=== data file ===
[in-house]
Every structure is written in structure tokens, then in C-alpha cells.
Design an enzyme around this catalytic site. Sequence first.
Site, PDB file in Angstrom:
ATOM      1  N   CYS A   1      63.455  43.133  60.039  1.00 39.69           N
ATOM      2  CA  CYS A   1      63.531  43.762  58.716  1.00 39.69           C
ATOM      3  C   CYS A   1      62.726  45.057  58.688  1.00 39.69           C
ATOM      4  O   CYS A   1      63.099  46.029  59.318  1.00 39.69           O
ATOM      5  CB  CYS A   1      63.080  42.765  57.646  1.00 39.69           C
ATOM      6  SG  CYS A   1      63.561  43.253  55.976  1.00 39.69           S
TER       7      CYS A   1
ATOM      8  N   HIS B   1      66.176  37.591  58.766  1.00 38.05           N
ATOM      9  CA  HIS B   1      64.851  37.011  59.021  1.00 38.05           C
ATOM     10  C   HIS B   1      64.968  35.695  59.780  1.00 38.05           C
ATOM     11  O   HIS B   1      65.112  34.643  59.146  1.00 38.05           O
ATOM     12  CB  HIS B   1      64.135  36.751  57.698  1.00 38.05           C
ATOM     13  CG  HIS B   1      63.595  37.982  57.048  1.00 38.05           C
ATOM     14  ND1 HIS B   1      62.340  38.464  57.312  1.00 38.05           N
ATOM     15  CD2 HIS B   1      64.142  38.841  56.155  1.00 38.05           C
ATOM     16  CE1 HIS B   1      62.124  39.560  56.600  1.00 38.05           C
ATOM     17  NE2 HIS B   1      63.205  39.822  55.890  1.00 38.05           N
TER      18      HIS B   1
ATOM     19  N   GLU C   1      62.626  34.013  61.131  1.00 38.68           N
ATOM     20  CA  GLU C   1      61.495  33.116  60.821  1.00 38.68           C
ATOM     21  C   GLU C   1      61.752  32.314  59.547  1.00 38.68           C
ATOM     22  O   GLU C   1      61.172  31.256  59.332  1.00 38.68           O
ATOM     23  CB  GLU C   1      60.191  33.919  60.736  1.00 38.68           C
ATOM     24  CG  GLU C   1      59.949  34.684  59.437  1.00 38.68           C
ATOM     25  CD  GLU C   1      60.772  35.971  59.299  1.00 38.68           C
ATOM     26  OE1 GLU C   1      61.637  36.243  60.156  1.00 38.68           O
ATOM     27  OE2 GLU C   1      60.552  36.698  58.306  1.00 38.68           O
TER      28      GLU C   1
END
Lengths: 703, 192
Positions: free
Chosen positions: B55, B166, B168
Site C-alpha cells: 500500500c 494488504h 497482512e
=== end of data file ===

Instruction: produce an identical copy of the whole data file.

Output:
[in-house]
Every structure is written in structure tokens, then in C-alpha cells.
Design an enzyme around this catalytic site. Sequence first.
Site, PDB file in Angstrom:
ATOM      1  N   CYS A   1      63.455  43.133  60.039  1.00 39.69           N
ATOM      2  CA  CYS A   1      63.531  43.762  58.716  1.00 39.69           C
ATOM      3  C   CYS A   1      62.726  45.057  58.688  1.00 39.69           C
ATOM      4  O   CYS A   1      63.099  46.029  59.318  1.00 39.69           O
ATOM      5  CB  CYS A   1      63.080  42.765  57.646  1.00 39.69           C
ATOM      6  SG  CYS A   1      63.561  43.253  55.976  1.00 39.69           S
TER       7      CYS A   1
ATOM      8  N   HIS B   1      66.176  37.591  58.766  1.00 38.05           N
ATOM      9  CA  HIS B   1      64.851  37.011  59.021  1.00 38.05           C
ATOM     10  C   HIS B   1      64.968  35.695  59.780  1.00 38.05           C
ATOM     11  O   HIS B   1      65.112  34.643  59.146  1.00 38.05           O
ATOM     12  CB  HIS B   1      64.135  36.751  57.698  1.00 38.05           C
ATOM     13  CG  HIS B   1      63.595  37.982  57.048  1.00 38.05           C
ATOM     14  ND1 HIS B   1      62.340  38.464  57.312  1.00 38.05           N
ATOM     15  CD2 HIS B   1      64.142  38.841  56.155  1.00 38.05           C
ATOM     16  CE1 HIS B   1      62.124  39.560  56.600  1.00 38.05           C
ATOM     17  NE2 HIS B   1      63.205  39.822  55.890  1.00 38.05           N
TER      18      HIS B   1
ATOM     19  N   GLU C   1      62.626  34.013  61.131  1.00 38.68           N
ATOM     20  CA  GLU C   1      61.495  33.116  60.821  1.00 38.68           C
ATOM     21  C   GLU C   1      61.752  32.314  59.547  1.00 38.68           C
ATOM     22  O   GLU C   1      61.172  31.256  59.332  1.00 38.68           O
ATOM     23  CB  GLU C   1      60.191  33.919  60.736  1.00 38.68           C
ATOM     24  CG  GLU C   1      59.949  34.684  59.437  1.00 38.68           C
ATOM     25  CD  GLU C   1      60.772  35.971  59.299  1.00 38.68           C
ATOM     26  OE1 GLU C   1      61.637  36.243  60.156  1.00 38.68           O
ATOM     27  OE2 GLU C   1      60.552  36.698  58.306  1.00 38.68           O
TER      28      GLU C   1
END
Lengths: 703, 192
Positions: free
Chosen positions: B55, B166, B168
Site C-alpha cells: 500500500c 494488504h 497482512e